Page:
The largest wind farm in the world may be coming to the Wyoming prairie. And smaller farms are in the works offshore Rhode Island and Massachusetts, according to the U.S. Department of the Interior.
The Wyoming project would comprise up to 1,000 turbines, generating enough electricity to serve a million homes. The project, in two groups of turbines named, respectively, the Chokecherry and Sierra Madre sites, would occupy about 2,000 acres of public and private land south of Rawlins. Together, the two farms could replace two coal-fired generating plants in nearby Nevada.
The Bureau of Land Management has completed the final environmental impact statements on the Chokecherry and Sierra Madre projects. That will not soon shut down any coal plants; the announcement began a 30-day review and protest period, including development of a bird protection plan and other plans to ensure the safety of other wildlife for the life of the project.
Also, an agreement must be drafted and signed with the Northern Cheyenne Tribe, Northern Arapahoe, Eastern Shoshone, Northern Ute, and Fort Peck Assiniboine/Sioux tribes.
Eventually, if the project is permitted, construction could take up to four years, according to PCW.
Meanwhile, discussions and negotiations between the Bureau of Ocean Energy Management and a variety of “stakeholders” in Rhode Island and Massachusetts may result in a commercial-size wind farm a few miles offshore of those states.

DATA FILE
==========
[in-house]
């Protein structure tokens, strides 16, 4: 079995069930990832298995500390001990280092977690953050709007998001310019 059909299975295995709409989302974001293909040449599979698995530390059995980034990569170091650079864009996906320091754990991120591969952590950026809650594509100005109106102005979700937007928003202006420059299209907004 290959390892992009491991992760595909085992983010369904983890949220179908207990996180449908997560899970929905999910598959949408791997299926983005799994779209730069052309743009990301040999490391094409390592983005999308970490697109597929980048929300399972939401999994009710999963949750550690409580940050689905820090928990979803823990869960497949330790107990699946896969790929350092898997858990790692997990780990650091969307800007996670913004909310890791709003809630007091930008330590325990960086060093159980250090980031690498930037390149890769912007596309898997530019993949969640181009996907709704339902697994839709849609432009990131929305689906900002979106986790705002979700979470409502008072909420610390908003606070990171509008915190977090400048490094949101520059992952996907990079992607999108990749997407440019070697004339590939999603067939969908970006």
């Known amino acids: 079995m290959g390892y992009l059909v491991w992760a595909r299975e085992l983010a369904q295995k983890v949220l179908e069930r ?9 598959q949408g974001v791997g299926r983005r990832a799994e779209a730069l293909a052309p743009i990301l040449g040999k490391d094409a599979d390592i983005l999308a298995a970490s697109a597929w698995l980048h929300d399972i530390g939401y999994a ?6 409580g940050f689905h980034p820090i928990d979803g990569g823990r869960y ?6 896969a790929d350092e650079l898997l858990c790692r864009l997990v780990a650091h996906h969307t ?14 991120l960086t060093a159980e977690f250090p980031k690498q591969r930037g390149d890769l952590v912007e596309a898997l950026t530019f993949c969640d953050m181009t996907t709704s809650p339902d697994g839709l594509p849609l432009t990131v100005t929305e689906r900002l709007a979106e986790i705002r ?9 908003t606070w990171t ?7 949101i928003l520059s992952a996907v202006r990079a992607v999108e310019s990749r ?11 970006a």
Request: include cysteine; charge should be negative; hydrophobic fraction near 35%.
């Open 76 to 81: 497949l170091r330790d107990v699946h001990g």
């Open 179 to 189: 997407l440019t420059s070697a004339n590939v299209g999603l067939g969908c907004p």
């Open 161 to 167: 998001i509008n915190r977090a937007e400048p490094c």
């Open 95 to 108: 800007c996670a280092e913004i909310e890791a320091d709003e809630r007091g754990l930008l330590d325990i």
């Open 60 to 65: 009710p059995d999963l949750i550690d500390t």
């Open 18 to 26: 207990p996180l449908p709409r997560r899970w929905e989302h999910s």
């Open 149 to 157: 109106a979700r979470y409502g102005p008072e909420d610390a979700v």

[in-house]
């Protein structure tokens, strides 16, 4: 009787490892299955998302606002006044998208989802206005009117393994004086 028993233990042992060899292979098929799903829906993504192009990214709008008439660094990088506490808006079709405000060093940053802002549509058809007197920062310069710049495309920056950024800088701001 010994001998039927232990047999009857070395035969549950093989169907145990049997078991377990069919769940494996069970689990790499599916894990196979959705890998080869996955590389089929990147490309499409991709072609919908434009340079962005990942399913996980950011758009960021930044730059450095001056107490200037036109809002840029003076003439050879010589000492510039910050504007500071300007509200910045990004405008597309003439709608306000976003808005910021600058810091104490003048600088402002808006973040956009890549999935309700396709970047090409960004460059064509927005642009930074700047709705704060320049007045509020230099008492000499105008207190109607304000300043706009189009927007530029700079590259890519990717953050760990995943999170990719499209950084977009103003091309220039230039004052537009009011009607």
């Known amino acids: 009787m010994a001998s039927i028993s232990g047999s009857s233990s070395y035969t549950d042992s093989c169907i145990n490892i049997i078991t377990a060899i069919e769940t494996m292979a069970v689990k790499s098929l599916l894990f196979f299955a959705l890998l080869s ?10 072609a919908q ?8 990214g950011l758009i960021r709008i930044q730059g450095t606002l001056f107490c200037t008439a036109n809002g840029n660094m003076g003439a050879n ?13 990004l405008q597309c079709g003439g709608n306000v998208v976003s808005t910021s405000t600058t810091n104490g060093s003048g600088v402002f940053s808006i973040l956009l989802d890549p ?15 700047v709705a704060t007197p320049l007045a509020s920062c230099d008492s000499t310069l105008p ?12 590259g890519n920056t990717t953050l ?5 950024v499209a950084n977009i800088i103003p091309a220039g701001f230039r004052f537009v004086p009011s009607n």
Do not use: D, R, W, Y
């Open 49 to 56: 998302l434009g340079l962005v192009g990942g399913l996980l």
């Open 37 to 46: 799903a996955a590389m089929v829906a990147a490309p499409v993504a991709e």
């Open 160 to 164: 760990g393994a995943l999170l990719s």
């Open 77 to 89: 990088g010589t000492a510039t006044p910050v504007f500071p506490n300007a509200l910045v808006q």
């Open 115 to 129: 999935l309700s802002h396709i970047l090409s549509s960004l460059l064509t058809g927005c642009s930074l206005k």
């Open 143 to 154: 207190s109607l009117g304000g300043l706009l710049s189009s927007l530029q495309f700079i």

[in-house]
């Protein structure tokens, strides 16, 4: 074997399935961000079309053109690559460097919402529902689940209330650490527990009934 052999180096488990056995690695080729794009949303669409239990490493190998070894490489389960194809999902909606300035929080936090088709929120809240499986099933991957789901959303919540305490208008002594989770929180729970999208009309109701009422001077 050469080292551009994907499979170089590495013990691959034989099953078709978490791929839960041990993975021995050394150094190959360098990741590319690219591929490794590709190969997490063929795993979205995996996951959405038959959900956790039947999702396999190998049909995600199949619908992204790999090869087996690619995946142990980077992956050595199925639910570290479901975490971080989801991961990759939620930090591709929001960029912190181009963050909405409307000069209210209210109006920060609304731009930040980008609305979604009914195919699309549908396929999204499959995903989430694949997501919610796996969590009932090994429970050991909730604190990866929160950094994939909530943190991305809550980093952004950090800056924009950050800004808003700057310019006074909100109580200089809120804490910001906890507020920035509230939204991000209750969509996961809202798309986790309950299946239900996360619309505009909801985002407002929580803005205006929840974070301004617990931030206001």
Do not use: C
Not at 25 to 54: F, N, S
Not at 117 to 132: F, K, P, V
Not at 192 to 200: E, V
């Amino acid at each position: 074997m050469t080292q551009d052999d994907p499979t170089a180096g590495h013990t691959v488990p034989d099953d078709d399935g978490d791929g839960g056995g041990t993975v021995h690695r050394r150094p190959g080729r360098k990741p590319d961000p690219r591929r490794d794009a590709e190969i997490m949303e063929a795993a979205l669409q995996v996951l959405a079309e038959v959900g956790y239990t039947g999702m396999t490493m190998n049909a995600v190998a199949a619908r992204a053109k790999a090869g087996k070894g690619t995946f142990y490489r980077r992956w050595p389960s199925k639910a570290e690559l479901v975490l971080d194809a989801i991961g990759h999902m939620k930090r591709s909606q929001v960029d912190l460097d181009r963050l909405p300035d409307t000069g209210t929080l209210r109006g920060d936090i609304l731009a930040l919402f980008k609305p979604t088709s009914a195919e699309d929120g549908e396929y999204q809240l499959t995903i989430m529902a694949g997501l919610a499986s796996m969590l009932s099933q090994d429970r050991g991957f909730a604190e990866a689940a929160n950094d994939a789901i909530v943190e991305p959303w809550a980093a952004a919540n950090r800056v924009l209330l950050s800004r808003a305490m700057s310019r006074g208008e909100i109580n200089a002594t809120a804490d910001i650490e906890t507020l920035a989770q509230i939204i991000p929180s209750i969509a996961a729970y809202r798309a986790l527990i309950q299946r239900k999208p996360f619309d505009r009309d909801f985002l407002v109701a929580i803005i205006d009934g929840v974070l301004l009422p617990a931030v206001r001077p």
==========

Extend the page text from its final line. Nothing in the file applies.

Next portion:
Interior Secretary Ken Salazar announced in February an agreement that excluded some commercial fishing grounds from the plan. That left issues including possible hazard to the endangered North Atlantic Right Whale, vessel traffic, cultural resources such as shipwrecks, and the seaward visual landscape otherwise enjoyed by seacoast residents.
Last week, Salazar announced completion of the environmental impact study, involving an area of about 164,000 acres, approximately 11 miles south of Martha’s Vineyard and 13 miles east of Block Island. He said eight companies have so far indicated interest in developing wind-powered electricity in the area.
More than 100 coal-fired plants nationwide are slated for retirement, and others have been or are planned for conversion to natural gas. That should be good news for residents of the Appalachian Mountains of Kentucky, West Virginia and western Pennsylvania, where mountaintop mining has resulted in mountainside valleys being filled in as diggers peel away dirt in pursuit of belts of the flammable black rock.
In Wyoming, on the other hand, about 200 miles north of the proposed wind project, other companies have been strip-mining the Power River Basin. According to a BLM fact sheet, about 20 percent of U.S. homes are powered by coal from the basin. It says more than 100 coal-laden trains leave Wyoming daily, bound for customers around the nation.
And soon, if the coal companies plans stay on track, across the globe. Arch Coal, the nation’s second largest coal producer, has purchased shipping terminals in San Diego and is building or planning rail lines from the PRB to the terminals. Arch CEO Steven Leer has been quoted announcing plans to “service growing coal demand in Asia, the world’s largest and fastest-growing coal market.”
The basin is estimated to hold more coal than the U.S. can burn in 50 years. BLM has said leases on the 14 million acres of coal-rich public lands it controls will be worth $21 billion over the next three years.
Some studies – which generally limit their calculations to the cost of plant operation – claim wind power is more expensive then coal or oil.
But factor in transportation costs, and the health of the planet’s inhabitants – coal is a major contributor to the nation’s health care bill – and the cost of a few windmills twirling in the distance becomes a mighty attractive deal.
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